The state Ethics Commission and its staff deserve praise for last week's handling of an investigation of Lt. Gov. Mike Huckabee's campaign finances.
In a unanimous bipartisan vote, the Commission scolded Huckabee for abysmal bookkeeping and excessive post-election spending. In essence, he used the pretext of retiring a $17,000 campaign debt to justify a $100,000 political operation.
The Commission stopped short of sanctions because Huckabee himself had asked for the review, albeit in response to media pressure.
The finding sends a message that the ethics law, if unspecific, is not vague. It means what it says when it allows spending after an election "solely" to retire campaign debt--not to pay permanent staff with duties unrelated to fund-raising and to make general political appearances. Certainly not during a legislative session, when fund-raising is prohibited by law. Other valuable lessons:
• Campaign reporting forms need to be changed. There's no place to report campaign expenses that have been incurred, but not paid. This helped create the confusion about Huckabee's actual 1994 campaign debt.
• The commission and the legislature should emulate other states and eliminate all post-election fund-raising. A couple of reasons: 1) Only winners have much luck raising money after a campaign. That's when campaign contributions take on the appearance of a quid in search of a quo. 2) Any smart candidate will be sure to finish in debt so as to justify on-going political operations. We should also prohibit candidates who finish campaigns in the black to keep surpluses for themselves.
• The law should limit travel reimbursements to actual expenses. Huckabee charged his campaign for 30 cents a mile for his wife's driving trips. That's far more than actual vehicle costs, a hidden salary in effect.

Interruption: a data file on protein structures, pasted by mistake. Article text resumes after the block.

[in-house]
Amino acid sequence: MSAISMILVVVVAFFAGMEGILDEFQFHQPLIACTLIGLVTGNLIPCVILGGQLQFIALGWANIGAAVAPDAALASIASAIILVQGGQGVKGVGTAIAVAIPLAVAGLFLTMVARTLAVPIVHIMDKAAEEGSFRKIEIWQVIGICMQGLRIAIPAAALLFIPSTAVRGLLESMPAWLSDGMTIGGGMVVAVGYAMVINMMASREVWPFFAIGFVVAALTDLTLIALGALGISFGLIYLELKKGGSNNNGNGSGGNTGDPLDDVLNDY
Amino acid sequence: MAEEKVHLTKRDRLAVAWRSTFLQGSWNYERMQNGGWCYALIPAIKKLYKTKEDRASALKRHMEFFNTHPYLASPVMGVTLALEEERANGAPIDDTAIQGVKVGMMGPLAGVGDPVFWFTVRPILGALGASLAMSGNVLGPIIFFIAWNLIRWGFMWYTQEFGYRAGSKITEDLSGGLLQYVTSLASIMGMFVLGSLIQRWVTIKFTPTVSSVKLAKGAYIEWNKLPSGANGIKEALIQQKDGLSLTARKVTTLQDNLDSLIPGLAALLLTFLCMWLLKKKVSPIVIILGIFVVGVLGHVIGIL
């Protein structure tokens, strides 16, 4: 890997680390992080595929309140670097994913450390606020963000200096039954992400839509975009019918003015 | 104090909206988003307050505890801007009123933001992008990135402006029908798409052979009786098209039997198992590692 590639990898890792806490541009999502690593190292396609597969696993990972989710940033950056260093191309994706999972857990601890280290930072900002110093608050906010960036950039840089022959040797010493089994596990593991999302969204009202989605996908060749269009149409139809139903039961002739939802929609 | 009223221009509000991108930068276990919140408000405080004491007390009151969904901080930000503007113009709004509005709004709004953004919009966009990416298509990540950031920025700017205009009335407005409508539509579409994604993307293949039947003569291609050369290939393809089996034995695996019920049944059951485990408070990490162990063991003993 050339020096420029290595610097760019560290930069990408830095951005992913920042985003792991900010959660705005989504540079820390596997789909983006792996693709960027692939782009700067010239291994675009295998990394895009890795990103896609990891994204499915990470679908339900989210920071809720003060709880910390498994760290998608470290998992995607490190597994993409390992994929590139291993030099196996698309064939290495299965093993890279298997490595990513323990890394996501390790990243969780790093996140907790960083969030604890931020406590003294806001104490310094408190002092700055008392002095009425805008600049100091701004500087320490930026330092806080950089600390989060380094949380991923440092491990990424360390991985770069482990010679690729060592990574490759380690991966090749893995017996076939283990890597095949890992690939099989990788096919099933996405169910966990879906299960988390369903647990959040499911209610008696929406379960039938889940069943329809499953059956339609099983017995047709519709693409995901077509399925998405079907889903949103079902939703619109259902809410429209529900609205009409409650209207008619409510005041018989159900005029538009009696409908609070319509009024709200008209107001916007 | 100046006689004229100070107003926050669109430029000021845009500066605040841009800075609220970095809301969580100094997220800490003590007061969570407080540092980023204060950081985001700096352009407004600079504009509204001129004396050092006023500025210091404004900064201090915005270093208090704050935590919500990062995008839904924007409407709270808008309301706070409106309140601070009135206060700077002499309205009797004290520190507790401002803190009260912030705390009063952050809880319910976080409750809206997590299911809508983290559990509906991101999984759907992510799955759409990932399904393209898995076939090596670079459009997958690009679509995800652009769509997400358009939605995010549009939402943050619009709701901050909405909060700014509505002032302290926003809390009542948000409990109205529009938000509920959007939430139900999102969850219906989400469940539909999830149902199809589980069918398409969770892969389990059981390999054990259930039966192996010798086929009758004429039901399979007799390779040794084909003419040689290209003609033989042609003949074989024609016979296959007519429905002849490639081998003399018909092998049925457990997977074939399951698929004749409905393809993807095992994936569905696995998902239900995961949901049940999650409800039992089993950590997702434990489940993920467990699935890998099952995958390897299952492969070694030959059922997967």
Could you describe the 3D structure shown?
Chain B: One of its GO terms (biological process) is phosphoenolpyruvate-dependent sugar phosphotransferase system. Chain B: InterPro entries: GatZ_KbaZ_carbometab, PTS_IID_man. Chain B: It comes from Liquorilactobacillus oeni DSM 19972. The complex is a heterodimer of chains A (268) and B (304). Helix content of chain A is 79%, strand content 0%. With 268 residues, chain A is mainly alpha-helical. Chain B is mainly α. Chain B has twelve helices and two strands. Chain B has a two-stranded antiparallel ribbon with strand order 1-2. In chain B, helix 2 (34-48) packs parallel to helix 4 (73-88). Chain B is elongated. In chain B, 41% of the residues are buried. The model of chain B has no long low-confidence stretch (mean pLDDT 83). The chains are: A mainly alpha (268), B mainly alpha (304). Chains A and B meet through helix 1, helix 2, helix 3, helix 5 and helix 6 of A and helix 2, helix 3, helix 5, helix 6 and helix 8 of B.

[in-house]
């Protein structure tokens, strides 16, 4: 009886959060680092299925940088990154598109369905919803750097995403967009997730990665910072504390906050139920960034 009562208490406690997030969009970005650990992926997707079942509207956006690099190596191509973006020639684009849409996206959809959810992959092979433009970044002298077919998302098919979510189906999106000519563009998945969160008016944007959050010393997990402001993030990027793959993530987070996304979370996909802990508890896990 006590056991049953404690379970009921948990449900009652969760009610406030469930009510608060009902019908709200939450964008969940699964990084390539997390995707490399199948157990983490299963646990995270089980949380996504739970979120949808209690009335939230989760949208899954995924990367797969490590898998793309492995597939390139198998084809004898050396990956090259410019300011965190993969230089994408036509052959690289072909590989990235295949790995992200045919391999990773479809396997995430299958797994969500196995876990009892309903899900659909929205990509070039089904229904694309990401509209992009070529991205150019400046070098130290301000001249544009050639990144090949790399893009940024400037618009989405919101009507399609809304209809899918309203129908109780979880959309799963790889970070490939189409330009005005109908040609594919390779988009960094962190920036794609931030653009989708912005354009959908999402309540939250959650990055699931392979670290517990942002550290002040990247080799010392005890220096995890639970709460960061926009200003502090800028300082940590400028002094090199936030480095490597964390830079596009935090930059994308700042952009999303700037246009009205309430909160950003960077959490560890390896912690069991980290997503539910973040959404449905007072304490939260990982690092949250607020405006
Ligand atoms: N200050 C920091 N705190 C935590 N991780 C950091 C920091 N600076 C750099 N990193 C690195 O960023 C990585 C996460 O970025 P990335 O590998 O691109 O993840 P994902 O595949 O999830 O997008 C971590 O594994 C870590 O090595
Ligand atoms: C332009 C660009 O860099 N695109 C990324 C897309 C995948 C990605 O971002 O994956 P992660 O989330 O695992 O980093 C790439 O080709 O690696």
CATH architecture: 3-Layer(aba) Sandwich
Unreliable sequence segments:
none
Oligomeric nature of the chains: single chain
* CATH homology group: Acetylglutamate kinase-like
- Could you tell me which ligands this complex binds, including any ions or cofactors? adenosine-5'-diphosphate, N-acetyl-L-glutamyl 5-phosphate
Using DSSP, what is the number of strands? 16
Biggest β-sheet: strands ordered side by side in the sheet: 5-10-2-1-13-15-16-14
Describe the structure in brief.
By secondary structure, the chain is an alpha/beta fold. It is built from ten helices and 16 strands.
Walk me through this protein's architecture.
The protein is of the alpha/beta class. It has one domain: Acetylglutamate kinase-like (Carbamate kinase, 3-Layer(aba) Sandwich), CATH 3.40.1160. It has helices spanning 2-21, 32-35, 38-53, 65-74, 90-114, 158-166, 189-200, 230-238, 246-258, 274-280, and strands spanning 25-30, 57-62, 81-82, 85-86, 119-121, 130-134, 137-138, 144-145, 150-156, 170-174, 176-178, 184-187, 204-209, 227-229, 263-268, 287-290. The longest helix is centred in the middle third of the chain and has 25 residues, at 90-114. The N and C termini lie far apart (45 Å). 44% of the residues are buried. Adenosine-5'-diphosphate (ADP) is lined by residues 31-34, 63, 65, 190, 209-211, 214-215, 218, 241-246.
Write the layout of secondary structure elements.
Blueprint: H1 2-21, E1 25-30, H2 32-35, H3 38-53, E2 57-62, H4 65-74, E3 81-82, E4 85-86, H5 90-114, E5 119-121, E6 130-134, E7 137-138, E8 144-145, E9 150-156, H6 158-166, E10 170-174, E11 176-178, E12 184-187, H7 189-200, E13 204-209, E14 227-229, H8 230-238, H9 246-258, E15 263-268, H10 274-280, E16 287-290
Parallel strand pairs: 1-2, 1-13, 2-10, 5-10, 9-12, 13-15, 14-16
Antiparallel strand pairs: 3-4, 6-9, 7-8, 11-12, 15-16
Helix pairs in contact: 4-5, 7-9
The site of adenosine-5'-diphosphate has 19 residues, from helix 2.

• If post-election fund-raising is to continue, the law may need more definition about what constitutes a legitimate campaign expense so as to discourage searches for loopholes.
• Payments to credit card companies are not adequate disclosures of campaign expenses. As the Commission investigation showed, Huckabee's credit card payments were not supported by credit card receipts. He contends the payments went to legitimate travel expenses in any case, but his sloppy bookkeeping illustrated the potential abuses in loosey-goosey credit card billing. The law already requires disclosure of specific expenses of $100 or more. It should be enforced.
Huckabee argues that he did taxpayers a favor by charging his campaign, rather than his public office, for trips to coon suppers and tomato festivals and the like. That's poor justification for breaking the campaign finance law, intentionally or not. There is no law that says Huckabee can't pay for out-of-season politicking from his own pocket.
Print headline: "Ethics Lesson From Huckabee" February 9, 1996